Doubting the doctrine of hell: India disorients a Christian

One of Andrew Sullivan’s blog readers wrote this today:

I’m a Christian . . . I think.

I say, “I think” because a recent trip to India left me stumbling on the foundation of faith laid since my youth. I was raised in the church, by a fundamentalist, Baptist preacher father and an “amen” mother. . . .

What India did is place me squarely at the foot of the cross of Christ to wonder if it was big enough to shadow this whole, big, diverse, Hindu, Muslim, Buddhist, etc., world. . . .

For the first time in such a visceral way, the morality of eternal hell – a cornerstone in the Christian faith – struck me as severely lacking. I returned from India angry, incredulous, and disoriented in and about the faith that I had for years prior really made the compass of my life and work (yes, I work in a church).


This person might just as well have come to Los Angeles for a similar experience. Below is an image I took from my car window passing down Santa Monica Blvd. yesterday (near Koreatown, around 4:40 in the afternoon). The “other” is everywhere. And news today suggests that “Don’t Ask, Don’t Tell” is ending in the U.S. military. And we have a black president. And the terms “atheist” and “evolution” can be Googled any time of the night or day. It’s harder to keep things (and people) demonized, out of view, and in a closet nowadays, isn’t it?:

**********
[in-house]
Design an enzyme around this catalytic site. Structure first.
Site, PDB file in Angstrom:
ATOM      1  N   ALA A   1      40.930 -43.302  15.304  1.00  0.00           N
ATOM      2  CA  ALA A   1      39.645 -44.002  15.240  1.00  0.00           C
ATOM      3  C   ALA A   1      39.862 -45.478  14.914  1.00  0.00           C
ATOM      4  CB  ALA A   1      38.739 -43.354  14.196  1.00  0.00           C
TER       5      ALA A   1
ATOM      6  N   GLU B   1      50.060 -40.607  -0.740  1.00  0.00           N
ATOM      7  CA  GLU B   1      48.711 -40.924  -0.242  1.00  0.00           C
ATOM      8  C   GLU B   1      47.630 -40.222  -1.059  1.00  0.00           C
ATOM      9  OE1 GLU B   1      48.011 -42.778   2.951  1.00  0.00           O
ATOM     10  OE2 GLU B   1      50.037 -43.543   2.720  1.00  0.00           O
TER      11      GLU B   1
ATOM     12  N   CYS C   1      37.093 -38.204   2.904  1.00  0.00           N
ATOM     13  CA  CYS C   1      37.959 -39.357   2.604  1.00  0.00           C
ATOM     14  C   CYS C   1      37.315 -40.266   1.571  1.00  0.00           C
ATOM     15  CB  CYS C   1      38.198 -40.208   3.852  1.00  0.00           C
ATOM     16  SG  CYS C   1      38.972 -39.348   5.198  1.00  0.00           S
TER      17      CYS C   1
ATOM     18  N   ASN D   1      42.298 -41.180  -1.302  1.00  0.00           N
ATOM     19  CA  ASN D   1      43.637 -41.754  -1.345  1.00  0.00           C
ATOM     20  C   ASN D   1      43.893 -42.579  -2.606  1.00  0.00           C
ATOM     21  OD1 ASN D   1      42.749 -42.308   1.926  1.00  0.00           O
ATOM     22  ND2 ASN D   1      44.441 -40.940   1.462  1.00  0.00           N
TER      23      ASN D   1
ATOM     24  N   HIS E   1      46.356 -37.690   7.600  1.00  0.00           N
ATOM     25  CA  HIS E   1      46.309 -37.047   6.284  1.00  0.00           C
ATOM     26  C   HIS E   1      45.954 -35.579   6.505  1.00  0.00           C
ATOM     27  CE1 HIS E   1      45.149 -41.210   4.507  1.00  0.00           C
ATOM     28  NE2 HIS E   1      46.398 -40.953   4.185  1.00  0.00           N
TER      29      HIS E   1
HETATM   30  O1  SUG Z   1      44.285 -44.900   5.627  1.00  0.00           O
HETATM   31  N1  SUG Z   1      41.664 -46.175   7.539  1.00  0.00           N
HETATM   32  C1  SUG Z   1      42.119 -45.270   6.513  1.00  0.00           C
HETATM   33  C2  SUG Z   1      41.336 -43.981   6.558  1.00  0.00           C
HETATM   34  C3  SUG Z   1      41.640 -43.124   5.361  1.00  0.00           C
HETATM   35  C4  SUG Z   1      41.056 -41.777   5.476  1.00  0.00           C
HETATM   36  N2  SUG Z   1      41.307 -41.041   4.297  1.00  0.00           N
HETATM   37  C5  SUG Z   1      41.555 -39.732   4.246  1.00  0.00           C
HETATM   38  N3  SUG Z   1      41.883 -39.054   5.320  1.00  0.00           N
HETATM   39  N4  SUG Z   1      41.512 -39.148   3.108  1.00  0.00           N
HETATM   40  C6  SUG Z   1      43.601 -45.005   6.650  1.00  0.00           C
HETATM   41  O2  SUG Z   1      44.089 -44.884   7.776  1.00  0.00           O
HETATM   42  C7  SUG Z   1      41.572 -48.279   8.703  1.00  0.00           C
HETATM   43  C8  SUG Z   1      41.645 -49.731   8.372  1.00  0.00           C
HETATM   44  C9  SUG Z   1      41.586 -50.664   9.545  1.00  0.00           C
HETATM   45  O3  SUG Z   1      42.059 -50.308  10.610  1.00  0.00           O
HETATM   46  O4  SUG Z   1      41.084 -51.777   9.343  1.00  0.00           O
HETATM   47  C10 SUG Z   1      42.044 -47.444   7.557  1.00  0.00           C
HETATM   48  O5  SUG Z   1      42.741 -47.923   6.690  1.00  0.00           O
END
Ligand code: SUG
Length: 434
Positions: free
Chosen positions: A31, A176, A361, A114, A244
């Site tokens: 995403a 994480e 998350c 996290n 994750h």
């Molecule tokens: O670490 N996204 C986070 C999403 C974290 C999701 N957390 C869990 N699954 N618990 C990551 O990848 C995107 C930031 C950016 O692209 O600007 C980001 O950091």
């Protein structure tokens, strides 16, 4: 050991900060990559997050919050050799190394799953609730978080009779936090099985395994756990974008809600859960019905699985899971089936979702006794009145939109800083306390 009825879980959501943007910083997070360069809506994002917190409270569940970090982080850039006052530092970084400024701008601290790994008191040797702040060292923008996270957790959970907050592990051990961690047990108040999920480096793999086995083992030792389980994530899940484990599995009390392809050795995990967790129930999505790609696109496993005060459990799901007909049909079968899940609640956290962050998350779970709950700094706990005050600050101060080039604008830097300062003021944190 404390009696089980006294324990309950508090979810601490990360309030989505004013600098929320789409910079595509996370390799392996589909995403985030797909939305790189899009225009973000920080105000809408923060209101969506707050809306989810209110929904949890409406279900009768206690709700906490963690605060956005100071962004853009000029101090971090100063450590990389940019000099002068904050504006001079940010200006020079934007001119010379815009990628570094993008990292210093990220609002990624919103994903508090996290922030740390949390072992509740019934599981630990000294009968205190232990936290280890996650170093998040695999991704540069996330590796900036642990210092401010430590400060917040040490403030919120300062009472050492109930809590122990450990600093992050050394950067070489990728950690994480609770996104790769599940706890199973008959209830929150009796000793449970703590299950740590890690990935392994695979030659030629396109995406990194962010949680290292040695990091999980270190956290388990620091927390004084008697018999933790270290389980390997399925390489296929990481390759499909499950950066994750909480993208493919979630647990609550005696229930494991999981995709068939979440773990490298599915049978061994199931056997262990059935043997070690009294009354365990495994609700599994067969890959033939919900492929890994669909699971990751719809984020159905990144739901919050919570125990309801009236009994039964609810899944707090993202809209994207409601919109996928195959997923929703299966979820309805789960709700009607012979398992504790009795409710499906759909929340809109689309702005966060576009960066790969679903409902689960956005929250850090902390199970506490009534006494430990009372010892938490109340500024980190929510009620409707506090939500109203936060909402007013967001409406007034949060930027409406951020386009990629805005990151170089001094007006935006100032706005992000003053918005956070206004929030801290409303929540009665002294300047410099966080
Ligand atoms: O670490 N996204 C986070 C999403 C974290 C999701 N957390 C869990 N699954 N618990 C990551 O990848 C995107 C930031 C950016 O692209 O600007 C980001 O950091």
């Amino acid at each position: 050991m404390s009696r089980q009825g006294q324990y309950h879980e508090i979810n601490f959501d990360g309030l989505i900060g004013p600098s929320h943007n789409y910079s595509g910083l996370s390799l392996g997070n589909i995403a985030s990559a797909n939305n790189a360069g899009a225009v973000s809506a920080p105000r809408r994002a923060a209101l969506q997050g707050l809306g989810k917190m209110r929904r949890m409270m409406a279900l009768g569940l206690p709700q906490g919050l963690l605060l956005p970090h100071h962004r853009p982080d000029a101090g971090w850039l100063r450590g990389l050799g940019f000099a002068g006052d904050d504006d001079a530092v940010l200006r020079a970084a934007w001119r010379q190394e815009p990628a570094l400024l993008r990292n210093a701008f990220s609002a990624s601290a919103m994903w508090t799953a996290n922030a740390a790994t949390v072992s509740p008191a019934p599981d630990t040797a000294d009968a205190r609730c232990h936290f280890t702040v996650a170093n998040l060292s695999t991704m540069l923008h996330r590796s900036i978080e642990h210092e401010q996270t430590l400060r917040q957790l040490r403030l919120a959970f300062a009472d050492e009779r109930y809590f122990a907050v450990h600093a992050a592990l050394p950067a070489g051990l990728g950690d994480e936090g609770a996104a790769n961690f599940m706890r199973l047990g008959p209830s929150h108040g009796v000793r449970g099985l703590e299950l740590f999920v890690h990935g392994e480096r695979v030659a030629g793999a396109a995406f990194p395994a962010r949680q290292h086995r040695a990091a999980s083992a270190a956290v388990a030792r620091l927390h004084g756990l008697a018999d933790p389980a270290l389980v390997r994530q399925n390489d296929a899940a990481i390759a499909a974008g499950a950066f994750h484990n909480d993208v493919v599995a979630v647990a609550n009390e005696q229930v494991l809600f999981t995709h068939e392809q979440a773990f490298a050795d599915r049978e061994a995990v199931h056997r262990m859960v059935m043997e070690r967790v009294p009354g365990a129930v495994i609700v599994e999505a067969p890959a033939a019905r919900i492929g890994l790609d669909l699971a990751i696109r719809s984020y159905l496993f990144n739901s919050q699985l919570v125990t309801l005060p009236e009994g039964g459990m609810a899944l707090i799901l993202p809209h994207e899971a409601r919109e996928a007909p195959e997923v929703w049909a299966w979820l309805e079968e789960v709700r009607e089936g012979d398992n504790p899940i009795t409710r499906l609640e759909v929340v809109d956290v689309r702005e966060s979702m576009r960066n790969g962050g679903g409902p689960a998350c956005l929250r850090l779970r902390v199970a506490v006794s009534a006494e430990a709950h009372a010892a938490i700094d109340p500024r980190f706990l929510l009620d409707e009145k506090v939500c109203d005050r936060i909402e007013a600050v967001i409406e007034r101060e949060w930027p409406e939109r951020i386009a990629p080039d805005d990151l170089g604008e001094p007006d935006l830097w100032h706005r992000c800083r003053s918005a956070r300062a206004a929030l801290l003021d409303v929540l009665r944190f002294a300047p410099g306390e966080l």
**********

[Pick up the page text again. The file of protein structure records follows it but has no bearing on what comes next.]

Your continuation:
Of course, the road is open in all ways, which means that the feminist, atheist, Muslim, environmentalist, or Buddhist who wishes the fundamentalist Christian would go away—and could be locked out of consciousness and collective civic culture—is out of luck as well. Welcome to our 21st century intersection.

In Ayn Rand’s The Fountainhead  Howard Roark is asked what he thinks of those who don’t share his vision and values. As I recall, Roark replies:

I don’t think of them.

This strikes me as psychologically false. Roark is depicted in the novel as living in New York City, amidst masses of people he despises (for their altruism and irrationality), and he says he doesn’t think of them. Of course, he needs  them for labor in the building of his sky scrapers, yet he doesn’t think  of them.

But the “other” is not so easily dispensed, even with the assistance of Fox News blaring at all times from your television, or reading only Ayn Rand novels. At some point, the closet door opens.

This is clever:

About Santi Tafarella

I teach writing and literature at Antelope Valley College in California.
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